Kathleen S. Murphy

Kathleen Murphy

Associate Dean for Student Success

College of Liberal Arts



  • Colonial America
  • Atlantic World
  • History of Science

Contact Information


  • Johns Hopkins University, PhD
  • Johns Hopkins University, MA
  • University of Virginia, BA

Research and Teaching Interests

My areas of specialization are the history of science, slavery studies, the British Atlantic World, Early America, the history of collecting, and the legacies of slavery. I am particularly interested in the intersection of the history of science and the slave economy in the early modern Atlantic World. I have taught a range of undergraduate and graduate courses including on the history of colonial and revolutionary America, African American history, the Scientific Revolution, science in the Atlantic World, and science museums. 

My book, Captivity's Collections: Science, Natural History and the Transatlantic British Slave Trade(UNC Press 2023) argues that naturalists exploited the routes of the eighteenth-century British slave trade to obtain thousands of scientific specimens. By combining naturalists’ correspondence, scientific texts, and museum catalogs with the records of slave traders and slaving companies, it reveals the entangled histories of the British transatlantic slave trade and natural history. It chronicles how British slave ship surgeons, mariners, and slave traders obtained seeds, shells, pressed plants, preserved animals, fossils, and other natural historical specimens from West Africa, the Americas, and the Atlantic Ocean. Specimens acquired by means of the slave trade joined British museums, botanic gardens, and herbaria, were depicted in natural historical texts, and were discussed in the halls of scientific societies. I argue that collections of rare natural historical specimens and the scientific knowledge that resulted from their study should be counted among the profits extracted through the exploitations of the British slave trade.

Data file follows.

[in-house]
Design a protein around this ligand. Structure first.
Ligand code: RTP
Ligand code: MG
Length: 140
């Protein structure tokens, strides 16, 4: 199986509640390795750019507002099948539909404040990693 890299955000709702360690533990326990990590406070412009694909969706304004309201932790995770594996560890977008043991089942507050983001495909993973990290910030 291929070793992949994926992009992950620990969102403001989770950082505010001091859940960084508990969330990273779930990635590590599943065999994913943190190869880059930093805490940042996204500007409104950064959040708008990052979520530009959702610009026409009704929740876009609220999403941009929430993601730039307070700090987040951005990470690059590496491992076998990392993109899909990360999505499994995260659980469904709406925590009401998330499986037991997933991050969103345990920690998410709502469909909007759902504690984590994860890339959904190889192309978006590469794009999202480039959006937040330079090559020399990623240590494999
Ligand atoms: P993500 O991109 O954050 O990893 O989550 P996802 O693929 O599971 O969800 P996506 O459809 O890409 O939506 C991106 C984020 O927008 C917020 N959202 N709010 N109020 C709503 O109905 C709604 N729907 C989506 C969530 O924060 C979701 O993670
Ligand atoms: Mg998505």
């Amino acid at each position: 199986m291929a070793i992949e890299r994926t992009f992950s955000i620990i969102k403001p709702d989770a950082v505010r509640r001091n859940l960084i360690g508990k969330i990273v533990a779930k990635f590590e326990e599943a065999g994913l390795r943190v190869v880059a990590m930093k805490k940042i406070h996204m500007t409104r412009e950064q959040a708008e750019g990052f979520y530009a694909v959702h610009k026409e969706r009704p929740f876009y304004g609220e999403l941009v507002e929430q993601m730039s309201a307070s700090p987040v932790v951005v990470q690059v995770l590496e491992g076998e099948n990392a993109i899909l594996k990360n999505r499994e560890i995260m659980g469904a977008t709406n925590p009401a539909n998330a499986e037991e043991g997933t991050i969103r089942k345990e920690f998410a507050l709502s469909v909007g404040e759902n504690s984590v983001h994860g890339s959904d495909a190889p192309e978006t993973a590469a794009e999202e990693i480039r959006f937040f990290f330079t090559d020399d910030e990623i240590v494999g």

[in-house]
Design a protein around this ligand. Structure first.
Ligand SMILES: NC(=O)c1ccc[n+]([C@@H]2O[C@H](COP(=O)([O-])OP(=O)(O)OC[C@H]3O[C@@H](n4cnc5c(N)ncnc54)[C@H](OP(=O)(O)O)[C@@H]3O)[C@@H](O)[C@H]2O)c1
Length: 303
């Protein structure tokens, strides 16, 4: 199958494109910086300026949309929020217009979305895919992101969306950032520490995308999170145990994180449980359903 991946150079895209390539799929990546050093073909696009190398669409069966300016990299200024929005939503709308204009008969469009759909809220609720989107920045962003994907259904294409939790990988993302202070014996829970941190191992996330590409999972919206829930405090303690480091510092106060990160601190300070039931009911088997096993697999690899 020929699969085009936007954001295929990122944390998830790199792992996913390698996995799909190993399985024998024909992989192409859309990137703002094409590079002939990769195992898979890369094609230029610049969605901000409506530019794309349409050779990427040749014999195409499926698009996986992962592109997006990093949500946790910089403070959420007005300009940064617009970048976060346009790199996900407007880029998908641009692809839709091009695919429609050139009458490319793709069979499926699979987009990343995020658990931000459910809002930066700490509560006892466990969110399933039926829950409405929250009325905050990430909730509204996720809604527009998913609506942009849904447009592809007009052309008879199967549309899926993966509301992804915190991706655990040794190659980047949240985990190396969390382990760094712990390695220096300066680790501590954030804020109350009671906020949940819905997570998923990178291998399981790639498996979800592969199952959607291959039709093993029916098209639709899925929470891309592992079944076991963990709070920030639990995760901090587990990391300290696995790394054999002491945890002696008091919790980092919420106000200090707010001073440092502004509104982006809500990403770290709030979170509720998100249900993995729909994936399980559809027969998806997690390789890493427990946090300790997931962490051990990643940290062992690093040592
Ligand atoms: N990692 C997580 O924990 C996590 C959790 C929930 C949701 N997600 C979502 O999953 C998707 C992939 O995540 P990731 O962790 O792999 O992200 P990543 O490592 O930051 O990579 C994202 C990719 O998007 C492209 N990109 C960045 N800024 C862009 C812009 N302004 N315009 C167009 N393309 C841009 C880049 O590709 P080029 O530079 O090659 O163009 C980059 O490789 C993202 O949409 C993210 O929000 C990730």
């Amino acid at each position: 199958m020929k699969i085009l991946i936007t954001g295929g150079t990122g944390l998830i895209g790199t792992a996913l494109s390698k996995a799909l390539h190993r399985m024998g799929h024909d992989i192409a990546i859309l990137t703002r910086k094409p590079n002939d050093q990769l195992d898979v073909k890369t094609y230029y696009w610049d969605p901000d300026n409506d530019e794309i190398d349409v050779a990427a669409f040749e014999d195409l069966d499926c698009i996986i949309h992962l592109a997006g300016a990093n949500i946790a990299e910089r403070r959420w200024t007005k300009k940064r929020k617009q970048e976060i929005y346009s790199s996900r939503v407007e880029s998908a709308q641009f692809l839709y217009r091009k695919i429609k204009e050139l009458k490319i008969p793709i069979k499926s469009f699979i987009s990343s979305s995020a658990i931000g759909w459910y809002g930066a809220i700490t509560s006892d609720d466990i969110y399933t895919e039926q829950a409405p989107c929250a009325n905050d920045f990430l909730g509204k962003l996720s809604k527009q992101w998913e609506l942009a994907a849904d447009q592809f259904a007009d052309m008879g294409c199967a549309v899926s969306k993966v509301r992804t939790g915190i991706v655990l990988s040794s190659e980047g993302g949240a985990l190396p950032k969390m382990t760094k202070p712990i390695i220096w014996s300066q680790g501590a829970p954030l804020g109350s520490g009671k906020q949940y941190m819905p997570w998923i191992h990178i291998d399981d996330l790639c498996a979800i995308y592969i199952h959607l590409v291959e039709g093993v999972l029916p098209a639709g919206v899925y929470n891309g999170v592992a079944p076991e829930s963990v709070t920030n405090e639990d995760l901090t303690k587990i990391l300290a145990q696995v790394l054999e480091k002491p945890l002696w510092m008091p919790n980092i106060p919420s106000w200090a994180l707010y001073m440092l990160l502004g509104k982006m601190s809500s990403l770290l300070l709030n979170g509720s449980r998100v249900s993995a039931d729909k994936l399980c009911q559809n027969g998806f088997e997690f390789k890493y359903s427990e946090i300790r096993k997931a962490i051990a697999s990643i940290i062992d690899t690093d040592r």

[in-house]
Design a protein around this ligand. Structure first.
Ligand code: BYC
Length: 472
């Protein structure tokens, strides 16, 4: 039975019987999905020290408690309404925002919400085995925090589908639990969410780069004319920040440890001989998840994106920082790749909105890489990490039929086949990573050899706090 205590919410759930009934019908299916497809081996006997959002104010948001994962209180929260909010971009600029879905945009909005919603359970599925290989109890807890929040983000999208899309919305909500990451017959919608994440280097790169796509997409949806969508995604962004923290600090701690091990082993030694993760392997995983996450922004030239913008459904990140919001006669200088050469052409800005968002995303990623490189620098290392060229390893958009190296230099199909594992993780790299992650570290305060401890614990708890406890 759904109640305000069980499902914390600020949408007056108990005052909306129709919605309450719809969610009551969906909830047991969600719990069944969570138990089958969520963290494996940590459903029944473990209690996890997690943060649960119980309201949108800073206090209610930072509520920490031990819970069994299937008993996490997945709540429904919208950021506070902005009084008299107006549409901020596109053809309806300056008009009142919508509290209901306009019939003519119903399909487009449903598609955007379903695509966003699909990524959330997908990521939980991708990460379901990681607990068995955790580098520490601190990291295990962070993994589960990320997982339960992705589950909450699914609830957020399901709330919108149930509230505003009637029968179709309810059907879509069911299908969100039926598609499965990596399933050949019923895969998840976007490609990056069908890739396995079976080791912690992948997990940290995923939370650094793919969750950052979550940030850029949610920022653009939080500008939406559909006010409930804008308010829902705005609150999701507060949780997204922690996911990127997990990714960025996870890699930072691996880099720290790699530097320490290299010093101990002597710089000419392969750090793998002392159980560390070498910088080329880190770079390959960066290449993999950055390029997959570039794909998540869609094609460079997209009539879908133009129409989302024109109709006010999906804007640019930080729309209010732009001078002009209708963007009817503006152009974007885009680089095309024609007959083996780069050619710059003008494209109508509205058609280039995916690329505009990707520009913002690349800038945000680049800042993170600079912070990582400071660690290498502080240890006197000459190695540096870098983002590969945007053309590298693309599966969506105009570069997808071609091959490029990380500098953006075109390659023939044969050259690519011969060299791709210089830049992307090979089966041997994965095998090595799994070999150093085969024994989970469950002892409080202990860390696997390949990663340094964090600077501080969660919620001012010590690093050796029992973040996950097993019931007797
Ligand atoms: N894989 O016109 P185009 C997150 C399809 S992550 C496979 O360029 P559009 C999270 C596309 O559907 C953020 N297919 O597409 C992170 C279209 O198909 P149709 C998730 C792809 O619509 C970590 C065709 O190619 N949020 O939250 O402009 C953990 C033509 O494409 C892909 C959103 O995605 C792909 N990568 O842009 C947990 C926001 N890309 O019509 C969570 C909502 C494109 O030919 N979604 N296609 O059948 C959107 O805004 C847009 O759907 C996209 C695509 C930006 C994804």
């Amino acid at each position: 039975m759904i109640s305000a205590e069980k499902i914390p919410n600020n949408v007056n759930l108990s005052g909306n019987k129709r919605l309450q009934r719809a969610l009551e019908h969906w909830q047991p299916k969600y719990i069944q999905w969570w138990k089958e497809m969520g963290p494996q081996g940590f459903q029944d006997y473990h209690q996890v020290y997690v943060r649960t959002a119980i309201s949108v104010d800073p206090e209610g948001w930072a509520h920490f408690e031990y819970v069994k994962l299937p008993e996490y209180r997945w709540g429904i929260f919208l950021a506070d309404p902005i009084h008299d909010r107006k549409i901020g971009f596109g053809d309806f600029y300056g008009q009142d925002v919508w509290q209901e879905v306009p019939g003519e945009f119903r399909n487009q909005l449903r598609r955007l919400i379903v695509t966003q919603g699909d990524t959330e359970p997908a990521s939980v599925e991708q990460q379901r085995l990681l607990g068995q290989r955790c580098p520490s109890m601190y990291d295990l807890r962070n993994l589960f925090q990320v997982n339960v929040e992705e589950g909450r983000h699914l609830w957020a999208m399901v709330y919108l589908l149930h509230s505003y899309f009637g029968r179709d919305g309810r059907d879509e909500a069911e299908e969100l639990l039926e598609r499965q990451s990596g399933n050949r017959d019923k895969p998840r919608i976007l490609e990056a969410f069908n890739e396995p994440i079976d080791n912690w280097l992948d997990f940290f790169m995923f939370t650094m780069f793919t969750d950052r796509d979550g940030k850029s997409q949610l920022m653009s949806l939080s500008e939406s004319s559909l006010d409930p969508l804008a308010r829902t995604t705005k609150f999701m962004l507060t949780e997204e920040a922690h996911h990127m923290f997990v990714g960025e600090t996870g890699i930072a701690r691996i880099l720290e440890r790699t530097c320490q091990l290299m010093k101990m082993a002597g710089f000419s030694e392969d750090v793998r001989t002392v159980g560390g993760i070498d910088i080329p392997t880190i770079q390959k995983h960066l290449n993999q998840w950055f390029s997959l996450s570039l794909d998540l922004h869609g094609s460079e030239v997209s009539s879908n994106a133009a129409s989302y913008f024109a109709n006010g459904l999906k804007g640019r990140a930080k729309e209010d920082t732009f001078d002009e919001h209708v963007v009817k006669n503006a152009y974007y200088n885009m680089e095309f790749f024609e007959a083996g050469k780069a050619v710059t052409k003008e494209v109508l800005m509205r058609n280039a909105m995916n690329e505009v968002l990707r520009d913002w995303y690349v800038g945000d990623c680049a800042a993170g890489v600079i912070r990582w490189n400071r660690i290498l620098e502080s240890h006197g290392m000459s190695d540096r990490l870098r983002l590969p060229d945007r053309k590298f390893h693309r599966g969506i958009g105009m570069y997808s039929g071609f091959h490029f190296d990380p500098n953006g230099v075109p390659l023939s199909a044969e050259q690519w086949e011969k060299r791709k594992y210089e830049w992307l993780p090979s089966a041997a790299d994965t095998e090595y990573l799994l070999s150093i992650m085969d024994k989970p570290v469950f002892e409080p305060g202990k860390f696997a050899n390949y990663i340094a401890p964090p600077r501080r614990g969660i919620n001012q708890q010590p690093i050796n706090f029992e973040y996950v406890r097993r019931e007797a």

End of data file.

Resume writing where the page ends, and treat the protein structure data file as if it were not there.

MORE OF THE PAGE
• “Building an Inclusive Botany: The “Radicle” Dream,” Plants, People, Planet (forthcoming). With Makenzie Mabry et al.
  • “James Petiver’s ‘Kind Friends’ and ‘Curious Persons’ in the Atlantic World: Commerce, Colonialism, and Collecting,” Notes and Records: The Royal Society Journal of the History of Science (Oct. 2019). https://doi.org/10.1098/rsnr.2019.0011
  • “A Slaving Surgeon’s Collection: The Pursuit of Natural History through the British Slave Trade to Spanish America,” in Curious Encounters: Voyaging, Collecting, and Making Knowledge in the Long Eighteenth Century, ed. Adriana Craciun and Mary Terrall (Toronto: University of Toronto Press, 2019), 138-158.
  • “The Slave Trade and Natural Science,” in Oxford Bibliographies in Atlantic History, ed. Trevor Burnard (New York: Oxford University Press, 2016). DOI: 10.1093/obo/9780199730414-0266
  •  “Virginia’s Great Fresh of 1771 and the Politics of Disaster Relief,” Virginia Magazine of History and Biography, vol. 123, no. 4 (Dec. 2015): 298-323.
  • “To Make Florida Answer to Its Name: John Ellis, Bernard Romans, and the Atlantic Science of British West Florida,” British Journal for the History of Science, vol. 47, no. 1 (Mar. 2014): 43-65.
  • “Collecting Slave Traders: James Petiver, Natural History, and the British Slave Trade,” William and Mary Quarterly, 3rd ser., vol. 70, no. 4 (Oct. 2013).
  • “Ecosystems under Sail: Specimen Transport in the Eighteenth-Century French and British Atlantics,” Early American Studies, vol. 10, no. 3 (Fall 2012): 503-539. With Christopher M. Parsons.